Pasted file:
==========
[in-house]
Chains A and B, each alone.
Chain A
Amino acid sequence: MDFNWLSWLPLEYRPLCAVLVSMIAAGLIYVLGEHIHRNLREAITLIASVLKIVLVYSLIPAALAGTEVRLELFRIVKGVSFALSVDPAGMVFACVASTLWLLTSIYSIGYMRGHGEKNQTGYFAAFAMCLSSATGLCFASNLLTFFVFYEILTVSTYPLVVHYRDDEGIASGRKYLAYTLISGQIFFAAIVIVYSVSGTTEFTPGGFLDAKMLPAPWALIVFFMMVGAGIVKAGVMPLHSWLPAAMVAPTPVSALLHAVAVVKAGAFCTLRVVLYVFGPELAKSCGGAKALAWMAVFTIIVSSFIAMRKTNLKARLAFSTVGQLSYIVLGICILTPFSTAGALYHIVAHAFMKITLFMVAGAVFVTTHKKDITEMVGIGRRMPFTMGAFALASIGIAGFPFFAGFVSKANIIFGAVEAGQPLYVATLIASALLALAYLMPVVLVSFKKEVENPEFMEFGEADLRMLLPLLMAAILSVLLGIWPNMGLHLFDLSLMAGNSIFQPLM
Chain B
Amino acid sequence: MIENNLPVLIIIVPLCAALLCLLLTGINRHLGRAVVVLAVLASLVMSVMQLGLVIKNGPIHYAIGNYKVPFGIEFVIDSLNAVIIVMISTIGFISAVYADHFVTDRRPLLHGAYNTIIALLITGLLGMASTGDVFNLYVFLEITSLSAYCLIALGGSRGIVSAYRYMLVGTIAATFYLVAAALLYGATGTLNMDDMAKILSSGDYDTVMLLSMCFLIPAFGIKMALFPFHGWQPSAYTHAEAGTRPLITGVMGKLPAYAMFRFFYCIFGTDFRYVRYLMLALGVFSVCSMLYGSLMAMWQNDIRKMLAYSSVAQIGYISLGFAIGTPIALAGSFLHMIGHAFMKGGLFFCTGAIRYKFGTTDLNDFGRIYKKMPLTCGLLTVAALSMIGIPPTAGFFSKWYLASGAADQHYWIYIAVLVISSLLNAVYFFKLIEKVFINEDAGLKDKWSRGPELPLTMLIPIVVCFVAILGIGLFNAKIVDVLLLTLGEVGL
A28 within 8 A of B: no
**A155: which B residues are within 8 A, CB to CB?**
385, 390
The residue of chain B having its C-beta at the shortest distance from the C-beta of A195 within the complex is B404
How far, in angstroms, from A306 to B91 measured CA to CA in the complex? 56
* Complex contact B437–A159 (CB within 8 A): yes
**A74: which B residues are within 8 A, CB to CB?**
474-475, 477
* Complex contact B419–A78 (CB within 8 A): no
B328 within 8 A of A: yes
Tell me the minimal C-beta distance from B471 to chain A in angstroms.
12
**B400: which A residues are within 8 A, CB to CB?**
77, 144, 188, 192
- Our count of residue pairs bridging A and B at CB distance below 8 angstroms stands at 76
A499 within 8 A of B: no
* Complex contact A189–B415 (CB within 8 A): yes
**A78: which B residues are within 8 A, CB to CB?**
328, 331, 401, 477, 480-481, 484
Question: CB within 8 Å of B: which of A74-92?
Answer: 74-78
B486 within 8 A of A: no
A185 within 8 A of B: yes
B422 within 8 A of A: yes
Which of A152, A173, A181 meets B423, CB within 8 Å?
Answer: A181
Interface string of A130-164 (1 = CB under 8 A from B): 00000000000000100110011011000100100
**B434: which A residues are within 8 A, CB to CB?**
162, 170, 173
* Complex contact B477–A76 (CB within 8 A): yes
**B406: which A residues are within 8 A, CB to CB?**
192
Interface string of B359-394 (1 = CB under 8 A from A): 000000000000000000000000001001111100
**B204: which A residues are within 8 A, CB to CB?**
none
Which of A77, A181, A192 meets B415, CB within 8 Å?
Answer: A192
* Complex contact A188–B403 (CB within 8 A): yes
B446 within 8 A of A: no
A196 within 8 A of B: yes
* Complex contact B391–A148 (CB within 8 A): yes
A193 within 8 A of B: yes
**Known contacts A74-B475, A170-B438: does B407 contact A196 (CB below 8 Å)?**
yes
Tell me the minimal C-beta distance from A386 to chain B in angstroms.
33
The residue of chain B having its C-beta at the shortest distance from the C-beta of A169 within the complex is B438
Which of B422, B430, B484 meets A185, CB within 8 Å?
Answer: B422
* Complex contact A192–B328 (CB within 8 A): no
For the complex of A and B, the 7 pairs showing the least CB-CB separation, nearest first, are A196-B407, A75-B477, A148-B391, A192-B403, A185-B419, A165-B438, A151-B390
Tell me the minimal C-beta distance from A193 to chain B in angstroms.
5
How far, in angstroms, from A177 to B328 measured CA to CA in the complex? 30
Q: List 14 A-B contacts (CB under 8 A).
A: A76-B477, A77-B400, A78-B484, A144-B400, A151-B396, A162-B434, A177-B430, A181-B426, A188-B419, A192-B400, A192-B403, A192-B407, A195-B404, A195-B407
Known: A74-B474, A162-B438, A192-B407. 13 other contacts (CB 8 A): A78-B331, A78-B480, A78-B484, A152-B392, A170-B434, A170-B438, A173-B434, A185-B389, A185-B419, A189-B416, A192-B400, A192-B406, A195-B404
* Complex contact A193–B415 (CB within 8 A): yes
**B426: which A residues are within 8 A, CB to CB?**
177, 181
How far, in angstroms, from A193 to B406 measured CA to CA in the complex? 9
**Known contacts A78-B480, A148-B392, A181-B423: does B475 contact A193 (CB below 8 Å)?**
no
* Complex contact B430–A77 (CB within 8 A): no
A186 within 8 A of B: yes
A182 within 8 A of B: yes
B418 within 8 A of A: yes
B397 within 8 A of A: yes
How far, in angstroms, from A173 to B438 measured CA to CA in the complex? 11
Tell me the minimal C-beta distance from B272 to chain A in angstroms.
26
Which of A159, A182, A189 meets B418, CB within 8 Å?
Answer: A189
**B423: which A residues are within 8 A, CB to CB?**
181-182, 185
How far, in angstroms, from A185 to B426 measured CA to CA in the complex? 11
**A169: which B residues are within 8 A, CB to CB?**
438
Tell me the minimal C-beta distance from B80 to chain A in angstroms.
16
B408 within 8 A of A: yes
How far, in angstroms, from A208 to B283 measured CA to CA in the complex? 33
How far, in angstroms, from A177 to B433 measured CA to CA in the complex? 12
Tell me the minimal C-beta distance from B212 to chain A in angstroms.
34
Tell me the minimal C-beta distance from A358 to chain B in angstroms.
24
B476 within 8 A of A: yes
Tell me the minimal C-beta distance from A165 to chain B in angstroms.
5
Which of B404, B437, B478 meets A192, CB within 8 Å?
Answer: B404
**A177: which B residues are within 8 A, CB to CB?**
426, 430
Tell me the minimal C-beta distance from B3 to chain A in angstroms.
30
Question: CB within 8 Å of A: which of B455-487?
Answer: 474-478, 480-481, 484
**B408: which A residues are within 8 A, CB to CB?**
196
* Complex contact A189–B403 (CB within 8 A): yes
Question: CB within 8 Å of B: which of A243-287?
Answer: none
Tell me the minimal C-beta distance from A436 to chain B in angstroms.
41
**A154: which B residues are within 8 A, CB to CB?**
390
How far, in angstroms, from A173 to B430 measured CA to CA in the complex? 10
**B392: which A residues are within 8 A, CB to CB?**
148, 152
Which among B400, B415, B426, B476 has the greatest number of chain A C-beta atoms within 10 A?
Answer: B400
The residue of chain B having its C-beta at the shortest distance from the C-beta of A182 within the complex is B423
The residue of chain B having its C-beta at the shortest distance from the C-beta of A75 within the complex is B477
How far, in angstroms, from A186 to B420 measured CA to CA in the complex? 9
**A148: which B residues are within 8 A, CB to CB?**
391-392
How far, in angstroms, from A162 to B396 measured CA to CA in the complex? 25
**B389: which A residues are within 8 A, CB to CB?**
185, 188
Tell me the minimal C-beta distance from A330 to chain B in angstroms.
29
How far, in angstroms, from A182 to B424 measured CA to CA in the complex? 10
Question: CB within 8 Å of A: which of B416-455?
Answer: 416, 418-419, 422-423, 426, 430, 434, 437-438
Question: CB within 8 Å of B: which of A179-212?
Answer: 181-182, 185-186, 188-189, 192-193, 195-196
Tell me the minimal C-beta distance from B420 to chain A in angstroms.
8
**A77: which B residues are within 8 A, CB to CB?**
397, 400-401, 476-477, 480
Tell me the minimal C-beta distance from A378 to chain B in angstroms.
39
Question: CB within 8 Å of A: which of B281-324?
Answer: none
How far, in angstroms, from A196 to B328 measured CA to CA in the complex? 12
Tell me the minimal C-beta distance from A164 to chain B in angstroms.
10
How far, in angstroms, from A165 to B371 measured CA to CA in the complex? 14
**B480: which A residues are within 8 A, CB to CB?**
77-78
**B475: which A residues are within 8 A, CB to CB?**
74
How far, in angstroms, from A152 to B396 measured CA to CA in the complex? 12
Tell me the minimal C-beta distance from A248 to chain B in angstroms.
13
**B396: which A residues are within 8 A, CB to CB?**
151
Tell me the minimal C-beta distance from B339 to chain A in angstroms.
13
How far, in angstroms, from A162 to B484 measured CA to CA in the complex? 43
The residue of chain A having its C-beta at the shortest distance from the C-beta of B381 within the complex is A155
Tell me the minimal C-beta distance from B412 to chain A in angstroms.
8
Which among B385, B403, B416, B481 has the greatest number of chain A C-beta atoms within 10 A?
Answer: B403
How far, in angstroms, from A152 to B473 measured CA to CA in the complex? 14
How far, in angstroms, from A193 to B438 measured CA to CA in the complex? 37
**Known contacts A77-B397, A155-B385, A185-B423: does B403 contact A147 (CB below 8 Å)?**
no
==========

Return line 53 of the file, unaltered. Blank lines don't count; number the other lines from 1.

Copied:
The residue of chain B having its C-beta at the shortest distance from the C-beta of A169 within the complex is B438